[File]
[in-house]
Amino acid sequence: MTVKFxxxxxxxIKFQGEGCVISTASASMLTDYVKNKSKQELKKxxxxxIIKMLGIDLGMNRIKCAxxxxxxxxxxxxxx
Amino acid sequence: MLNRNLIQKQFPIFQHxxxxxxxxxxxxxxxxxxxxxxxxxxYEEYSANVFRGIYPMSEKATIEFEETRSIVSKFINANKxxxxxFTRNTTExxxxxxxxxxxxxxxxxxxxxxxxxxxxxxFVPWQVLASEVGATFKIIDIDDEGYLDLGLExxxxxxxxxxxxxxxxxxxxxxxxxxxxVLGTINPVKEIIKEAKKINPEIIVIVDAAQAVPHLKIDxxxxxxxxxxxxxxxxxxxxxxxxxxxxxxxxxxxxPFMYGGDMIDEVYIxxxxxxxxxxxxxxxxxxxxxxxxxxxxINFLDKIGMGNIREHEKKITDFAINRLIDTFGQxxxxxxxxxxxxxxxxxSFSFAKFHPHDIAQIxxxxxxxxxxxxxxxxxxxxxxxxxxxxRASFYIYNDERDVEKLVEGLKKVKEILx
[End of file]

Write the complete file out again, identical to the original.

[in-house]
Amino acid sequence: MTVKFxxxxxxxIKFQGEGCVISTASASMLTDYVKNKSKQELKKxxxxxIIKMLGIDLGMNRIKCAxxxxxxxxxxxxxx
Amino acid sequence: MLNRNLIQKQFPIFQHxxxxxxxxxxxxxxxxxxxxxxxxxxYEEYSANVFRGIYPMSEKATIEFEETRSIVSKFINANKxxxxxFTRNTTExxxxxxxxxxxxxxxxxxxxxxxxxxxxxxFVPWQVLASEVGATFKIIDIDDEGYLDLGLExxxxxxxxxxxxxxxxxxxxxxxxxxxxVLGTINPVKEIIKEAKKINPEIIVIVDAAQAVPHLKIDxxxxxxxxxxxxxxxxxxxxxxxxxxxxxxxxxxxxPFMYGGDMIDEVYIxxxxxxxxxxxxxxxxxxxxxxxxxxxxINFLDKIGMGNIREHEKKITDFAINRLIDTFGQxxxxxxxxxxxxxxxxxSFSFAKFHPHDIAQIxxxxxxxxxxxxxxxxxxxxxxxxxxxxRASFYIYNDERDVEKLVEGLKKVKEILx